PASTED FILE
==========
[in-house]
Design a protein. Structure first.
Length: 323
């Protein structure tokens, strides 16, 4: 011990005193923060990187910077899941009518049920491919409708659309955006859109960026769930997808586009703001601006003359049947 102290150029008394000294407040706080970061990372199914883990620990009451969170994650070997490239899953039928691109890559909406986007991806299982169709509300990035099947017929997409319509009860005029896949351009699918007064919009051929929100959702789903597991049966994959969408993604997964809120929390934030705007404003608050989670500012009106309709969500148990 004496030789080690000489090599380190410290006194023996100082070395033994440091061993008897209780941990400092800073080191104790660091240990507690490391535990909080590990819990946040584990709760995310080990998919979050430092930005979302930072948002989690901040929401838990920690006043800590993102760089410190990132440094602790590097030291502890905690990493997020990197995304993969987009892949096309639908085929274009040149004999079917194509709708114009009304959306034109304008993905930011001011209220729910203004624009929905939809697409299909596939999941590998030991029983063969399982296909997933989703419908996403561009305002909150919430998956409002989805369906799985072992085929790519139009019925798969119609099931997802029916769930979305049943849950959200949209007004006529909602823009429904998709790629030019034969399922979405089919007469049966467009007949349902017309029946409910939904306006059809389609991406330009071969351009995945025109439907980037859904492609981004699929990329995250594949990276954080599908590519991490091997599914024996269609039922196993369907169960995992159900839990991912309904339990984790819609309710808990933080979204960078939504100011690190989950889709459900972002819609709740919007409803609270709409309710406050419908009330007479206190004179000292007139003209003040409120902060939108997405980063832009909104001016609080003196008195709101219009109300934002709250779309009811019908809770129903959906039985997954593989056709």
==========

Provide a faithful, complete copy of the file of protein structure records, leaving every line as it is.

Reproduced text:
[in-house]
Design a protein. Structure first.
Length: 323
């Protein structure tokens, strides 16, 4: 011990005193923060990187910077899941009518049920491919409708659309955006859109960026769930997808586009703001601006003359049947 102290150029008394000294407040706080970061990372199914883990620990009451969170994650070997490239899953039928691109890559909406986007991806299982169709509300990035099947017929997409319509009860005029896949351009699918007064919009051929929100959702789903597991049966994959969408993604997964809120929390934030705007404003608050989670500012009106309709969500148990 004496030789080690000489090599380190410290006194023996100082070395033994440091061993008897209780941990400092800073080191104790660091240990507690490391535990909080590990819990946040584990709760995310080990998919979050430092930005979302930072948002989690901040929401838990920690006043800590993102760089410190990132440094602790590097030291502890905690990493997020990197995304993969987009892949096309639908085929274009040149004999079917194509709708114009009304959306034109304008993905930011001011209220729910203004624009929905939809697409299909596939999941590998030991029983063969399982296909997933989703419908996403561009305002909150919430998956409002989805369906799985072992085929790519139009019925798969119609099931997802029916769930979305049943849950959200949209007004006529909602823009429904998709790629030019034969399922979405089919007469049966467009007949349902017309029946409910939904306006059809389609991406330009071969351009995945025109439907980037859904492609981004699929990329995250594949990276954080599908590519991490091997599914024996269609039922196993369907169960995992159900839990991912309904339990984790819609309710808990933080979204960078939504100011690190989950889709459900972002819609709740919007409803609270709409309710406050419908009330007479206190004179000292007139003209003040409120902060939108997405980063832009909104001016609080003196008195709101219009109300934002709250779309009811019908809770129903959906039985997954593989056709």